production in the 1950s. Hubberts work later became the
basis for a number of peak-oil scenarios. In the 1950s
Texas oil rodeo, any thought of wells running dry was
downright laughable. Hubbert was almost run offstage, but
by the early 1970s it was hard to argue anything other than
the demise of US preeminence in the field of oil resource
production. Texas Oil had peaked and the US was currently
importing almost one third of its oil from OPEC countries.

In 1973, the US was recoiling from the oil embargo presented
by OPEC which led to high prices, oil shortages, and lines
of cars stretching for blocks bleating at each other for
their turn at the pump. Thus, ideologically armed, in 1973
Kahn flew to Montreal to propose that Canada delve into the
tar sands.

The Alberta Tar Sands already held a strip mine and upgrader
located on the banks of the Athabaska River, erected by oil
visionary J. Howard Pew (of the future Pew foundation).
Pew's enterprise had been losing money for decades by mining
and refining the most expensive oil in the world. The
gamble that Pew had made, and that Kahn was urging the
Canadian and US Governments to take in a larger degree, was
based on the notion that as future oil reserves would run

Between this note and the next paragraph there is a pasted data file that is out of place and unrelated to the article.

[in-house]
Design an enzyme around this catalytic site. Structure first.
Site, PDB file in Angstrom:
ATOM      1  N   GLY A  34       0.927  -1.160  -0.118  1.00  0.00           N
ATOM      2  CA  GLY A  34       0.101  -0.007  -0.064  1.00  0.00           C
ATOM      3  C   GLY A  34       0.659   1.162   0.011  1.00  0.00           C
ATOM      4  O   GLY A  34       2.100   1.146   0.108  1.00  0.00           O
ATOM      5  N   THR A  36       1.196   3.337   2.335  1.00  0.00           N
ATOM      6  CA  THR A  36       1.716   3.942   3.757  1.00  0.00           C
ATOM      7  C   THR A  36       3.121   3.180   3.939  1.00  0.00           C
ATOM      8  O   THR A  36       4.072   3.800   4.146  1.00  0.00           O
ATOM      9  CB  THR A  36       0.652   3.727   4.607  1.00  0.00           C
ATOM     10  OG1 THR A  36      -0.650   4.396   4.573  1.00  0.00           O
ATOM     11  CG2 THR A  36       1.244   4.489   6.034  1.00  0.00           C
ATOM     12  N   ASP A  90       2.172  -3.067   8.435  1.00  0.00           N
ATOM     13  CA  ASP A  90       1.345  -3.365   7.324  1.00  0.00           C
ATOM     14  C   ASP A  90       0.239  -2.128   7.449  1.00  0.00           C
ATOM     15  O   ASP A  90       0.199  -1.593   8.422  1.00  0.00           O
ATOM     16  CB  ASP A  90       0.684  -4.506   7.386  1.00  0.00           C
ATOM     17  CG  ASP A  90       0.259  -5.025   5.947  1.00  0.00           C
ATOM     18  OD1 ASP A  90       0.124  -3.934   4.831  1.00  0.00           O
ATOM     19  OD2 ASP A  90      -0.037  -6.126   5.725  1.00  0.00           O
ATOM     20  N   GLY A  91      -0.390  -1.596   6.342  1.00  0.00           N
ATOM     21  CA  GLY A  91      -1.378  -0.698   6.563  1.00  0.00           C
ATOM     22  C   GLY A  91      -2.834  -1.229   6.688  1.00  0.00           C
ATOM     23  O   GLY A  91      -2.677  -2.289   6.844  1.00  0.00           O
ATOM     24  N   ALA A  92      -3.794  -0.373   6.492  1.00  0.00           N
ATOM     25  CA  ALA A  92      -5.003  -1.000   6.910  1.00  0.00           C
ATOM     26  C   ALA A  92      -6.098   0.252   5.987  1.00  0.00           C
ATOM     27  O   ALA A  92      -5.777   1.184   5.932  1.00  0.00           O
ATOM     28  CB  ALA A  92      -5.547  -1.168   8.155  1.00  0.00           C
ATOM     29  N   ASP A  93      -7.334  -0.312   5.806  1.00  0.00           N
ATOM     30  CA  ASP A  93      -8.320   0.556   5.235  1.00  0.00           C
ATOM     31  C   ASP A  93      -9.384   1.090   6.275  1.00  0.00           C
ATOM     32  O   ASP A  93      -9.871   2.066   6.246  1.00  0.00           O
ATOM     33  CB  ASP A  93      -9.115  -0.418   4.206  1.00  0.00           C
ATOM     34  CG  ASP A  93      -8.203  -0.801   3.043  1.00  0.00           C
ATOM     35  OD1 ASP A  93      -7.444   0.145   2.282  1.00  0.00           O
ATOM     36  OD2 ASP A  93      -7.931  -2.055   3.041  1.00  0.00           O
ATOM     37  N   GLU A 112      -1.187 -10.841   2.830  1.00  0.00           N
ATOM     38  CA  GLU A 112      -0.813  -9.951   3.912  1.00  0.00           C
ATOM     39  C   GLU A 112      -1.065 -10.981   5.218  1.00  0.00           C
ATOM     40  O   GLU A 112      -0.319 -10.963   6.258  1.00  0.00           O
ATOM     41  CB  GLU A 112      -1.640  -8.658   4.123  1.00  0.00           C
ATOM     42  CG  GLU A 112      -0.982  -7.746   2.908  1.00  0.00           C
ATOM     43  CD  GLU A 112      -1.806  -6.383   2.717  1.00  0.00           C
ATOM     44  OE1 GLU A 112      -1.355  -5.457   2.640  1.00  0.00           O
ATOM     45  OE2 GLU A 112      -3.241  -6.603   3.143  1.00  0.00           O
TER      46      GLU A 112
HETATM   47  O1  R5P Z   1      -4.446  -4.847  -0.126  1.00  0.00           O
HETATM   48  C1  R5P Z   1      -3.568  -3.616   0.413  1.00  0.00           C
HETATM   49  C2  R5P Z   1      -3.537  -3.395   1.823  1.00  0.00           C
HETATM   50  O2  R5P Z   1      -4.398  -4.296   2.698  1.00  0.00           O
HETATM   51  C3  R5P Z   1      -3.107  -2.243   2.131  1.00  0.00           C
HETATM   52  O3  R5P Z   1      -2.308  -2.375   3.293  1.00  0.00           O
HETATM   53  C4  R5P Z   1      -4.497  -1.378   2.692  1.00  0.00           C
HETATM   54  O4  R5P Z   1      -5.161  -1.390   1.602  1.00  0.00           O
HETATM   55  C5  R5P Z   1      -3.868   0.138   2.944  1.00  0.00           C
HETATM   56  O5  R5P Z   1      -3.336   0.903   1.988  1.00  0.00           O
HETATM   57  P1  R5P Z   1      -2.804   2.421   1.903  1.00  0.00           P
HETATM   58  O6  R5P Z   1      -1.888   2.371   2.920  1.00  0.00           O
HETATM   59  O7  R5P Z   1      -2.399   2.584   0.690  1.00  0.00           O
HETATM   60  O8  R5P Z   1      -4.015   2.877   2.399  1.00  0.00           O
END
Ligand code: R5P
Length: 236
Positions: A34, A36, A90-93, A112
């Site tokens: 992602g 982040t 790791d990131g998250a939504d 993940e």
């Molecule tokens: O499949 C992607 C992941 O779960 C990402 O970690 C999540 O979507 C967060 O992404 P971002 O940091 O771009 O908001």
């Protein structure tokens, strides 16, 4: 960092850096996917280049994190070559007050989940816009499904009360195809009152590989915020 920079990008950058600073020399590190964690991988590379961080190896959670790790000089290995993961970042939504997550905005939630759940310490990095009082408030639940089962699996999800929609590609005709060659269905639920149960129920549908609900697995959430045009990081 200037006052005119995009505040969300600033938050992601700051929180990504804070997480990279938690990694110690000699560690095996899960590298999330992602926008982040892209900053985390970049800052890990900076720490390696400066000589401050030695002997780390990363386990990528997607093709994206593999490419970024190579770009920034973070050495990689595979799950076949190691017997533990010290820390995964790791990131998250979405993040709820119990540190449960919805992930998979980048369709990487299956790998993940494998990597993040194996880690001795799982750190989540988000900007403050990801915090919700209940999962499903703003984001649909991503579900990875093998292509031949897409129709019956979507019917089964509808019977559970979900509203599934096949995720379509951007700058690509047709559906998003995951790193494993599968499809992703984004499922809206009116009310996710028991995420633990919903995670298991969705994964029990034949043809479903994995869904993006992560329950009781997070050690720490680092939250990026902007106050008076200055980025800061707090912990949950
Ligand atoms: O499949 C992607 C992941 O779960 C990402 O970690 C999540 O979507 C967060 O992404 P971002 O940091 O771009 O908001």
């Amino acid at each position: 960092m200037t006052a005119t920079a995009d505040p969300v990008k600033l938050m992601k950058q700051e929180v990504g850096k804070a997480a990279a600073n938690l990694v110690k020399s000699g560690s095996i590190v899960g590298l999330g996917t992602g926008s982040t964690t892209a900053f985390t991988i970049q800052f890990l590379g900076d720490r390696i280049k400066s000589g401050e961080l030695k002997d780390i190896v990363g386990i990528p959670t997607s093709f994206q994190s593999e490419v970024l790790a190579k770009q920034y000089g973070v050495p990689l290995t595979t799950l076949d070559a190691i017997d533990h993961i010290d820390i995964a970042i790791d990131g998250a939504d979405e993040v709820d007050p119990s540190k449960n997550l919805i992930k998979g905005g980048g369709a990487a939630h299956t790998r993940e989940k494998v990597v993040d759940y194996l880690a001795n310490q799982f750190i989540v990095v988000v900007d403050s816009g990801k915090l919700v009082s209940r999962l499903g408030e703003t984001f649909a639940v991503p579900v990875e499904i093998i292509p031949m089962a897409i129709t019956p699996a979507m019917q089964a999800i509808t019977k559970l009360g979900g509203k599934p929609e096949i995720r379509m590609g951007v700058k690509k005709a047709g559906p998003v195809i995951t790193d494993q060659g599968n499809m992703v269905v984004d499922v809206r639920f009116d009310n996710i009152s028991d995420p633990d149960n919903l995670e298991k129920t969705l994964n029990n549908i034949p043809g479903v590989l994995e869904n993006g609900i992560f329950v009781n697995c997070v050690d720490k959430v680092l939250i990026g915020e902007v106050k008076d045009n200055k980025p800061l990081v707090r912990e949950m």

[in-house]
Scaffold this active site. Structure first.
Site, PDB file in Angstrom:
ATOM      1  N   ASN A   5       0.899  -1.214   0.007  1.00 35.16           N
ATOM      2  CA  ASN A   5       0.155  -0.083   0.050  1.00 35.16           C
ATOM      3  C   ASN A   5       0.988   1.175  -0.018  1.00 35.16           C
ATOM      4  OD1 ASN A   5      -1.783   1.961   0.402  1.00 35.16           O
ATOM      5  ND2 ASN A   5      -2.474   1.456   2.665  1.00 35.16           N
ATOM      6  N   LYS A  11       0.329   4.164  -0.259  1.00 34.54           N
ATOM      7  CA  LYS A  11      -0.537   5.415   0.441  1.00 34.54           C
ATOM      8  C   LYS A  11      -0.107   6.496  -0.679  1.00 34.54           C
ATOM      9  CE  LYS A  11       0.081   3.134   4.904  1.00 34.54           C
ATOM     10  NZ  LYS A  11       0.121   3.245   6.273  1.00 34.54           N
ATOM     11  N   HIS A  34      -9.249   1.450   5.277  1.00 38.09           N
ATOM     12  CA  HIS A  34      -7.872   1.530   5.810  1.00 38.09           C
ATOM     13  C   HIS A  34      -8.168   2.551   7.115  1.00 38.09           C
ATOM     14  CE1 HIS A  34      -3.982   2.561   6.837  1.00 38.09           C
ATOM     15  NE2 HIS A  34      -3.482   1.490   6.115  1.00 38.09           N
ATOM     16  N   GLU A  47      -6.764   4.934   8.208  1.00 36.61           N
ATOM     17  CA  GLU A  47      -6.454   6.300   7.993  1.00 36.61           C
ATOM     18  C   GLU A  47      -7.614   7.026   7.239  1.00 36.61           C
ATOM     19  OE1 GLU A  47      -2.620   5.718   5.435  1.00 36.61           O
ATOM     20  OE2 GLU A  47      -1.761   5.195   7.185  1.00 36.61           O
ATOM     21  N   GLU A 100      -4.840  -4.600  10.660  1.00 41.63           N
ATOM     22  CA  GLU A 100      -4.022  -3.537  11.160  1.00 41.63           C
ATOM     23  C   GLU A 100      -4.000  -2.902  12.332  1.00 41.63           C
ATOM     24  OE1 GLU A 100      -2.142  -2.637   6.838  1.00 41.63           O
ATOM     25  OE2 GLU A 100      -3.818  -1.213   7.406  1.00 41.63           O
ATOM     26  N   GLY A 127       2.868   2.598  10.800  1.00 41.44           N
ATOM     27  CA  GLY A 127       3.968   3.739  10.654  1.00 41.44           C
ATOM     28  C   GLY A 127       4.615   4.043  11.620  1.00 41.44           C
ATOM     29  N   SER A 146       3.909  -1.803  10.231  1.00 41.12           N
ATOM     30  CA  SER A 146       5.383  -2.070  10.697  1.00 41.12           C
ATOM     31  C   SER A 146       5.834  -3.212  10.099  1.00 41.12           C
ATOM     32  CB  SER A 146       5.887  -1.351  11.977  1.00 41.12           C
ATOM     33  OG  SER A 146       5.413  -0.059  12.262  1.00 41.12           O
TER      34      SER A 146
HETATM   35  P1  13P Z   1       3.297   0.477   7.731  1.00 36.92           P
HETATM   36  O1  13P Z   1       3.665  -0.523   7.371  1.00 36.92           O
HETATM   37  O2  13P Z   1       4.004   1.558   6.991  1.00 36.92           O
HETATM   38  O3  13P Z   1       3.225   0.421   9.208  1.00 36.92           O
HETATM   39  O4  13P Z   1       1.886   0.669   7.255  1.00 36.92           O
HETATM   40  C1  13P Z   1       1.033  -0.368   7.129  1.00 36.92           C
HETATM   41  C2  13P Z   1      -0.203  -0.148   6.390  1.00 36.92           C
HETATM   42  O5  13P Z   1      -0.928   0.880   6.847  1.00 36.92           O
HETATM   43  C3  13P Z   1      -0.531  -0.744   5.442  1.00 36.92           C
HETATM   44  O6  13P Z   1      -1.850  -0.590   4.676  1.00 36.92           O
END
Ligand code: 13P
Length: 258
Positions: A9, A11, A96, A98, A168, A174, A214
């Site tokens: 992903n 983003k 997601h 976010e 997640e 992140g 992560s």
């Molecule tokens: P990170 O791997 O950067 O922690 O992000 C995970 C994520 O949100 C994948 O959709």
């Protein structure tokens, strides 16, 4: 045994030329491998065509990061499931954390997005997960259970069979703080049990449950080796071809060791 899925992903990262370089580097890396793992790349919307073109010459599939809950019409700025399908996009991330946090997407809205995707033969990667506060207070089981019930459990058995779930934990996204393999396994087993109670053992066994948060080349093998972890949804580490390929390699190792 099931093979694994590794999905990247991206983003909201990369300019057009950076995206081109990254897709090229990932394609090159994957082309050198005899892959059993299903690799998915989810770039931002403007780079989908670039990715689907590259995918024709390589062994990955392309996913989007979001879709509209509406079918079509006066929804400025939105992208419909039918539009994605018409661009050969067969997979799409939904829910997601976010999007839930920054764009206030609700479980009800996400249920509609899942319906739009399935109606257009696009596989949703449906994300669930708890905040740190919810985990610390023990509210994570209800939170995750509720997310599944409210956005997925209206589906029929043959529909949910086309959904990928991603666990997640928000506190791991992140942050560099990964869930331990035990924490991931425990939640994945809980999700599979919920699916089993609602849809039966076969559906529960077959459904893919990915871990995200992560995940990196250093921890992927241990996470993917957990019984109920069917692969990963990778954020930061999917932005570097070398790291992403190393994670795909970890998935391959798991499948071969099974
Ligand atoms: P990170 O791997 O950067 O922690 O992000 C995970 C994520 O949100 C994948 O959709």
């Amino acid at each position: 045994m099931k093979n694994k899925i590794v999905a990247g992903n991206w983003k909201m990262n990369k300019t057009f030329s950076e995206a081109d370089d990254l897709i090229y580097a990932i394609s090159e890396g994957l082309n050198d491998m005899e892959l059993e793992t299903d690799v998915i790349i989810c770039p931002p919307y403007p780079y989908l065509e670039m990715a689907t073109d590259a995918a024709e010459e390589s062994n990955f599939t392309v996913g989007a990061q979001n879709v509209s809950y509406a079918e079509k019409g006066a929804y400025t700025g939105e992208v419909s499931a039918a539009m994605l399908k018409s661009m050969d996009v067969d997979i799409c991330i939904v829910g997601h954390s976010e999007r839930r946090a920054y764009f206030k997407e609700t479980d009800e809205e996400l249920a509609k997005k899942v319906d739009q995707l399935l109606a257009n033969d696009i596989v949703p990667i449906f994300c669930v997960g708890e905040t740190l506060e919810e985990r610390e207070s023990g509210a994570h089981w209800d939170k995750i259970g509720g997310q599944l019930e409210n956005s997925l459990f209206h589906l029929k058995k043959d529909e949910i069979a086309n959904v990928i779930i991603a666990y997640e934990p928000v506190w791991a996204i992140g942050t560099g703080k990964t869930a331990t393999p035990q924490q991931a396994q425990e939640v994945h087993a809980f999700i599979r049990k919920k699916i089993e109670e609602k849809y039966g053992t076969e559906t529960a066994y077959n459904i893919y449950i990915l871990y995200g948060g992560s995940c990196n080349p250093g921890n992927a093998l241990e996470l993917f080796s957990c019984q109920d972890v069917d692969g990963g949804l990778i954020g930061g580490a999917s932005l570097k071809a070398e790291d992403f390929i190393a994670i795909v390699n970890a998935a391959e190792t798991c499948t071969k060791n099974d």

out, the harder-to-refine and more expensive forms of
petroleum would take center stage, revamping the world
energy economy and placing Canada and the US back in a
central position. Kahn's predictions regarding the future
of the industry would prove correct. The only thing off was
his timing. The future boom in the tar sands wouldn't
happen for another 30 years, but when it finally hit, it
would prove to be something that even Khan couldn't have

You say oil, we say tar

Tar Sands are a thick, black, mucky mixture of water, clay,
sand, and hydrocarbons, hard as a hockey puck, and good for
patching a canoe. The eventual product, after rolling up the
forest, exhuming the earth, mixing it with water, heating
it, skimming it, upgrading it, mixing it again (this time
with light crude), piping it, refining it and finally
shipping it, is oil.

Well, kind of. Oil is generally conceived of as having come
from light or heavy crude. Think Texas oil fields slooshing
black rain and striking it rich. Technically speaking, tar
sands are bitumen. Bitumen is, basically, the lowest grade
oil product on the world shelf. It takes huge amounts of
energy to refine to something that is relatively useful.
Refining bitumen means huge amounts of water consumed,
natural gas burned, and a carbon footprint that can be seen
from space, along with the tailings ponds, strip mines,
roads, and clearcuts through the northeast quarter of

Even though most of the focus regarding tar sands mining is
in Canada, there are tar sand deposits else-where in the
world; Hugo Chavez, boasting the second largest pocket.
Utah, Russia, Congo, and Madagascar all contain smaller but
significant deposits. However, barrel for barrel, the
individual holdings of both Canada and Venezuela contain
more oil than Saudi or Iraqi reserves. In Canada, the tar
sands cover an area the size of the UK; Venezuela holds
deposits about a third of that size. In all, tar sands
represent about two thirds of the remaining oil reserves in
the world.

Tar sands mining around the world belongs to the same
burgeoning, bottom of the barrel,